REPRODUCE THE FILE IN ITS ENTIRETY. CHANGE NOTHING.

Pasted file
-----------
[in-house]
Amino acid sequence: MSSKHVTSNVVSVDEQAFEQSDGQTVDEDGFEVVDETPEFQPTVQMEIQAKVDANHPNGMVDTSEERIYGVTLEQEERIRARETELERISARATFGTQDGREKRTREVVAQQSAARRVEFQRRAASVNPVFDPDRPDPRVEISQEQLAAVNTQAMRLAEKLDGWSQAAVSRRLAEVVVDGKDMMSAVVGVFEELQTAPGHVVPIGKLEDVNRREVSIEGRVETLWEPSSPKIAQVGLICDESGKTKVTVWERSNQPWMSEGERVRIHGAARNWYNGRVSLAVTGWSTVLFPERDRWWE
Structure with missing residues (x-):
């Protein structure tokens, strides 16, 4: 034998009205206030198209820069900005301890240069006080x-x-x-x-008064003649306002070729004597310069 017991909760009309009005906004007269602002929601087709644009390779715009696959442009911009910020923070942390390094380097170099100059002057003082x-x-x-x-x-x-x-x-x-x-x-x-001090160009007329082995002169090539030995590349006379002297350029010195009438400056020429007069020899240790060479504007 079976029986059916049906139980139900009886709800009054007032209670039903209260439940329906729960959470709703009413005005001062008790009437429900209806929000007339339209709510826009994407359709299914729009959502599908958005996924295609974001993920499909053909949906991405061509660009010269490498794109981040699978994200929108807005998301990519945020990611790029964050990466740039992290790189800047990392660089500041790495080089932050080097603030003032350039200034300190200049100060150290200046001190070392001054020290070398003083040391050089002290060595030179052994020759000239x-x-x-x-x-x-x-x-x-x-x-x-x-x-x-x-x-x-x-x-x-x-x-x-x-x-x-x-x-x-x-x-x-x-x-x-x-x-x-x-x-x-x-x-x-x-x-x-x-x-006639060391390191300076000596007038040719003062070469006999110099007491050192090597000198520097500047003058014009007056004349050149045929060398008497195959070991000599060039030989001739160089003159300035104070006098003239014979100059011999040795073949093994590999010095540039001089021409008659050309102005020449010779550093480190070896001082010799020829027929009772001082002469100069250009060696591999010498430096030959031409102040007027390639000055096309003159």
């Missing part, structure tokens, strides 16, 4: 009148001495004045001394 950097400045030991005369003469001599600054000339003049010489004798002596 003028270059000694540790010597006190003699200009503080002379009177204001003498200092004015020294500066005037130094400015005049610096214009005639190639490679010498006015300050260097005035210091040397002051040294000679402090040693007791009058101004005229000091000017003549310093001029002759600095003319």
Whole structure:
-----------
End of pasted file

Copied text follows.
[in-house]
Amino acid sequence: MSSKHVTSNVVSVDEQAFEQSDGQTVDEDGFEVVDETPEFQPTVQMEIQAKVDANHPNGMVDTSEERIYGVTLEQEERIRARETELERISARATFGTQDGREKRTREVVAQQSAARRVEFQRRAASVNPVFDPDRPDPRVEISQEQLAAVNTQAMRLAEKLDGWSQAAVSRRLAEVVVDGKDMMSAVVGVFEELQTAPGHVVPIGKLEDVNRREVSIEGRVETLWEPSSPKIAQVGLICDESGKTKVTVWERSNQPWMSEGERVRIHGAARNWYNGRVSLAVTGWSTVLFPERDRWWE
Structure with missing residues (x-):
């Protein structure tokens, strides 16, 4: 034998009205206030198209820069900005301890240069006080x-x-x-x-008064003649306002070729004597310069 017991909760009309009005906004007269602002929601087709644009390779715009696959442009911009910020923070942390390094380097170099100059002057003082x-x-x-x-x-x-x-x-x-x-x-x-001090160009007329082995002169090539030995590349006379002297350029010195009438400056020429007069020899240790060479504007 079976029986059916049906139980139900009886709800009054007032209670039903209260439940329906729960959470709703009413005005001062008790009437429900209806929000007339339209709510826009994407359709299914729009959502599908958005996924295609974001993920499909053909949906991405061509660009010269490498794109981040699978994200929108807005998301990519945020990611790029964050990466740039992290790189800047990392660089500041790495080089932050080097603030003032350039200034300190200049100060150290200046001190070392001054020290070398003083040391050089002290060595030179052994020759000239x-x-x-x-x-x-x-x-x-x-x-x-x-x-x-x-x-x-x-x-x-x-x-x-x-x-x-x-x-x-x-x-x-x-x-x-x-x-x-x-x-x-x-x-x-x-x-x-x-x-006639060391390191300076000596007038040719003062070469006999110099007491050192090597000198520097500047003058014009007056004349050149045929060398008497195959070991000599060039030989001739160089003159300035104070006098003239014979100059011999040795073949093994590999010095540039001089021409008659050309102005020449010779550093480190070896001082010799020829027929009772001082002469100069250009060696591999010498430096030959031409102040007027390639000055096309003159």
């Missing part, structure tokens, strides 16, 4: 009148001495004045001394 950097400045030991005369003469001599600054000339003049010489004798002596 003028270059000694540790010597006190003699200009503080002379009177204001003498200092004015020294500066005037130094400015005049610096214009005639190639490679010498006015300050260097005035210091040397002051040294000679402090040693007791009058101004005229000091000017003549310093001029002759600095003319």
Whole structure: